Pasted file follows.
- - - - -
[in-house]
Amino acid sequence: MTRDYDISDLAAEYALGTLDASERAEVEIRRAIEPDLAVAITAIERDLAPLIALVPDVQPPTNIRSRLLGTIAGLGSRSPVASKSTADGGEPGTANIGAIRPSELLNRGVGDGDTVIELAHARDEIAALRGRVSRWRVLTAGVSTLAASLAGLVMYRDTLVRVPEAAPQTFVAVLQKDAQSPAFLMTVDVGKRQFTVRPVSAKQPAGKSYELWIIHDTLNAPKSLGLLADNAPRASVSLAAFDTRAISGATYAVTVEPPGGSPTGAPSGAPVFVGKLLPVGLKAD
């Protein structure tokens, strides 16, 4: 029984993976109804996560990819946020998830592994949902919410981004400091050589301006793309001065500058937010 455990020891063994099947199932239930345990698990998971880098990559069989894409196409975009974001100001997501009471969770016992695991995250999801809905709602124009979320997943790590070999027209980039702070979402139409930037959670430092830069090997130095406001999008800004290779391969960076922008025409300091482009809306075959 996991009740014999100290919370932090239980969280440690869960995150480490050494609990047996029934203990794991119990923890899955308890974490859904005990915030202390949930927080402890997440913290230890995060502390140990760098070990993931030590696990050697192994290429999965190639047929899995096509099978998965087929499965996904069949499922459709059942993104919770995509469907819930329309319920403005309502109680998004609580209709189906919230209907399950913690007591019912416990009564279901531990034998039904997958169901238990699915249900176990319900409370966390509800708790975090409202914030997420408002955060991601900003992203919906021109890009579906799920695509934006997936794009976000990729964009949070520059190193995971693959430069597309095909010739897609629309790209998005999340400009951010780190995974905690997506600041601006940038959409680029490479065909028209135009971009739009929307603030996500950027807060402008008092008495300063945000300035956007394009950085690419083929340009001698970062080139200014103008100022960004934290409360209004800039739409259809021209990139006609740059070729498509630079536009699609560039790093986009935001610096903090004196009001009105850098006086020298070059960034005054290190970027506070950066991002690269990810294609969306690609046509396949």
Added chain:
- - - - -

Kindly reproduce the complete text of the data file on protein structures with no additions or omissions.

[in-house]
Amino acid sequence: MTRDYDISDLAAEYALGTLDASERAEVEIRRAIEPDLAVAITAIERDLAPLIALVPDVQPPTNIRSRLLGTIAGLGSRSPVASKSTADGGEPGTANIGAIRPSELLNRGVGDGDTVIELAHARDEIAALRGRVSRWRVLTAGVSTLAASLAGLVMYRDTLVRVPEAAPQTFVAVLQKDAQSPAFLMTVDVGKRQFTVRPVSAKQPAGKSYELWIIHDTLNAPKSLGLLADNAPRASVSLAAFDTRAISGATYAVTVEPPGGSPTGAPSGAPVFVGKLLPVGLKAD
């Protein structure tokens, strides 16, 4: 029984993976109804996560990819946020998830592994949902919410981004400091050589301006793309001065500058937010 455990020891063994099947199932239930345990698990998971880098990559069989894409196409975009974001100001997501009471969770016992695991995250999801809905709602124009979320997943790590070999027209980039702070979402139409930037959670430092830069090997130095406001999008800004290779391969960076922008025409300091482009809306075959 996991009740014999100290919370932090239980969280440690869960995150480490050494609990047996029934203990794991119990923890899955308890974490859904005990915030202390949930927080402890997440913290230890995060502390140990760098070990993931030590696990050697192994290429999965190639047929899995096509099978998965087929499965996904069949499922459709059942993104919770995509469907819930329309319920403005309502109680998004609580209709189906919230209907399950913690007591019912416990009564279901531990034998039904997958169901238990699915249900176990319900409370966390509800708790975090409202914030997420408002955060991601900003992203919906021109890009579906799920695509934006997936794009976000990729964009949070520059190193995971693959430069597309095909010739897609629309790209998005999340400009951010780190995974905690997506600041601006940038959409680029490479065909028209135009971009739009929307603030996500950027807060402008008092008495300063945000300035956007394009950085690419083929340009001698970062080139200014103008100022960004934290409360209004800039739409259809021209990139006609740059070729498509630079536009699609560039790093986009935001610096903090004196009001009105850098006086020298070059960034005054290190970027506070950066991002690269990810294609969306690609046509396949």
Added chain: